A man (played by Danish actor Mads Mikkelsen, clad in a ton of arctic protective clothing) alone in an isolated, snow-covered landscape digs purposefully with a shovel in the snow. Making little channels and throwing the content of his shovel to one side. A harsh clang clang clang sounds repeatedly as he bashes the shovel against the surface to clear its blade. What he’s up to we have no idea. Until after some time, a big overhead shot shows us the letters SOS.
You might expect a film about a pilot stranded in the Arctic to start off with a plane crash. That would be a complex and expensive scene to shoot and might well upstage any narrative that followed. Brazilian-born director Penna admirably avoids that seemingly inevitable pitfall by starting his movie with his pilot already down. We see in considerable detail the aftermath of the crash, the downed, intact hulk of an aircraft now the pilot’s makeshift home in which he shelters from the elements. We watch him rig up fishing lines to attract food from below the ice to feed himself, a set-up soon damaged by a passing polar bear later seen in the distance.
A helicopter appears over the horizon. His chance to be rescued. But then the unthinkable happens. Something goes wrong and the chopper crashes. He travels to the crash site. One of the two man crew is dead. The second crew member (Maria Thelma Smáradóttir) is alive but unconscious. Our pilot puts her on a stretcher and drags her body back to the safety of his own crashed plane. When she eventually wakes, she’s delirious. She can’t speak. She can barely move. He resolves to drag her across a frozen mountain range back to civilisation.
That subsequent journey comprises the bulk of the film. Penna knows exactly what resources he has to work with and utilising a lean and efficient script co-written with editor Ryan Morrison deploys them brilliantly. On his journey the pilot uses a map so that we always know, at least as much as he does, where we are on the journey. The environment, all shot for real in frozen tundra, is cold, inhospitable and deserted apart from the polar bear who you know is going to put in a closer appearance later on (and if you didn’t know that, there’s a shot in the trailer).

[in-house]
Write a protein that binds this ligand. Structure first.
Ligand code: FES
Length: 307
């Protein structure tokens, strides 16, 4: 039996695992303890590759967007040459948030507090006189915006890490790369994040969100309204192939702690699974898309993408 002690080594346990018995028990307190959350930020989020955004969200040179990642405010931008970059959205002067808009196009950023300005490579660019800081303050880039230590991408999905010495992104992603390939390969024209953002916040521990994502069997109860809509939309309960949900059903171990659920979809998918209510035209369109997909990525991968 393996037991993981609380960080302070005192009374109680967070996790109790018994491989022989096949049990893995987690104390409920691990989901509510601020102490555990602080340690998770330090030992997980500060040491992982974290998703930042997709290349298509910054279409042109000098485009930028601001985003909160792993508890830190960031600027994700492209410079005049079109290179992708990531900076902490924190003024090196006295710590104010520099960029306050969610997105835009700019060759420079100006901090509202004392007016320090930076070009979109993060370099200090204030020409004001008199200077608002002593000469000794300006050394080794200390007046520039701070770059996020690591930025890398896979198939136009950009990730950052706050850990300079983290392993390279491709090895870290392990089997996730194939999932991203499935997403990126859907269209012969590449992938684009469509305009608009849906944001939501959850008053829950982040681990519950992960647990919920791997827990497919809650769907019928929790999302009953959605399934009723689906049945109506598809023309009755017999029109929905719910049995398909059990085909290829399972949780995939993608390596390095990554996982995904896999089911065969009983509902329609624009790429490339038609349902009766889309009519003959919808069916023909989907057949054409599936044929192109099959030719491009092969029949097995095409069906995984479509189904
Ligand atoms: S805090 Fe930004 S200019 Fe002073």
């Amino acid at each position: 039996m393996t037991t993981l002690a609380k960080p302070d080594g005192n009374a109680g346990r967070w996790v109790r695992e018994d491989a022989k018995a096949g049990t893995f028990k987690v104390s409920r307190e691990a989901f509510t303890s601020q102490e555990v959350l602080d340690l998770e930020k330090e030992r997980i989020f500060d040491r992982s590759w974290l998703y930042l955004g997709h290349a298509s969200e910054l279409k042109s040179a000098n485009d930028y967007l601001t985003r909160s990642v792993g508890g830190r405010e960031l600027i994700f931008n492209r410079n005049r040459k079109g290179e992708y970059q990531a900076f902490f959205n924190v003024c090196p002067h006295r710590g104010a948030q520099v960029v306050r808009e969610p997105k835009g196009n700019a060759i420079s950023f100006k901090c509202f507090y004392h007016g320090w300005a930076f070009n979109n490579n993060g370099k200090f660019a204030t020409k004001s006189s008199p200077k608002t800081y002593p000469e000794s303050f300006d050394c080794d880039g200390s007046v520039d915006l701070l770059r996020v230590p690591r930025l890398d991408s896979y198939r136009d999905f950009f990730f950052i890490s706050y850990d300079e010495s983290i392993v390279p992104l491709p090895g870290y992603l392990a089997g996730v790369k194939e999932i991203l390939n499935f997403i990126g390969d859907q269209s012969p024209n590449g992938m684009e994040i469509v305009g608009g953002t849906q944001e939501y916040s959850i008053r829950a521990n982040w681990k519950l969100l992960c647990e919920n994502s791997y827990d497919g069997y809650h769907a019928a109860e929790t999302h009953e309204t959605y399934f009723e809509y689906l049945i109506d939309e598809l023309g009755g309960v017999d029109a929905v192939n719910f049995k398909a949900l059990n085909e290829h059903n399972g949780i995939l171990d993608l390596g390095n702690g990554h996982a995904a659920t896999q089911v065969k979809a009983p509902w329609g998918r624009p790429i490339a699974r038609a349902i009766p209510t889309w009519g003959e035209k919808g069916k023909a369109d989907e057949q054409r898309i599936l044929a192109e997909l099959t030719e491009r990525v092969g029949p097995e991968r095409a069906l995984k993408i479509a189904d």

All that storytelling skill might count for nothing without either decent actors or skilful direction. Although Smáradóttir appears to not to have to do very much, the actress gives a commendably restrained and self-effacing turn as a woman who, when she’s actually conscious, is confused, traumatised and not really aware of what’s going on around her. However, the performance on which the film ultimately stands or falls is Mikkelsen’s. With scarcely a word of dialogue, you absolutely believe not only that he’s stranded in subzero conditions but also that he’s a smart cookie who will do whatever it takes to get himself – and later himself and the injured woman – to safety.
Whether or not the pilot achieves that goal we won’t tell you here because it would ruin your experience of the film, at least on your first viewing. Suffice to say, there are a number of scenes of incidents where the direction the narrative is taking suddenly switches due to circumstances outside the main protagonist’s control. These include the very last shot which sets you up for an ending you think you can see coming a mile off, then unexpectedly moves the goalposts to deliver something entirely different. I doubt you’ll see a film with a more satisfying ending this year.
In short, a film which makes exemplary use of sparse resources, stands on an amazing performance by its leading man and absolutely succeeds in telling the story it sets out to tell. Not to be missed!
Arctic is out in the UK on Friday, May 10th. On VoD on Monday, June 24th.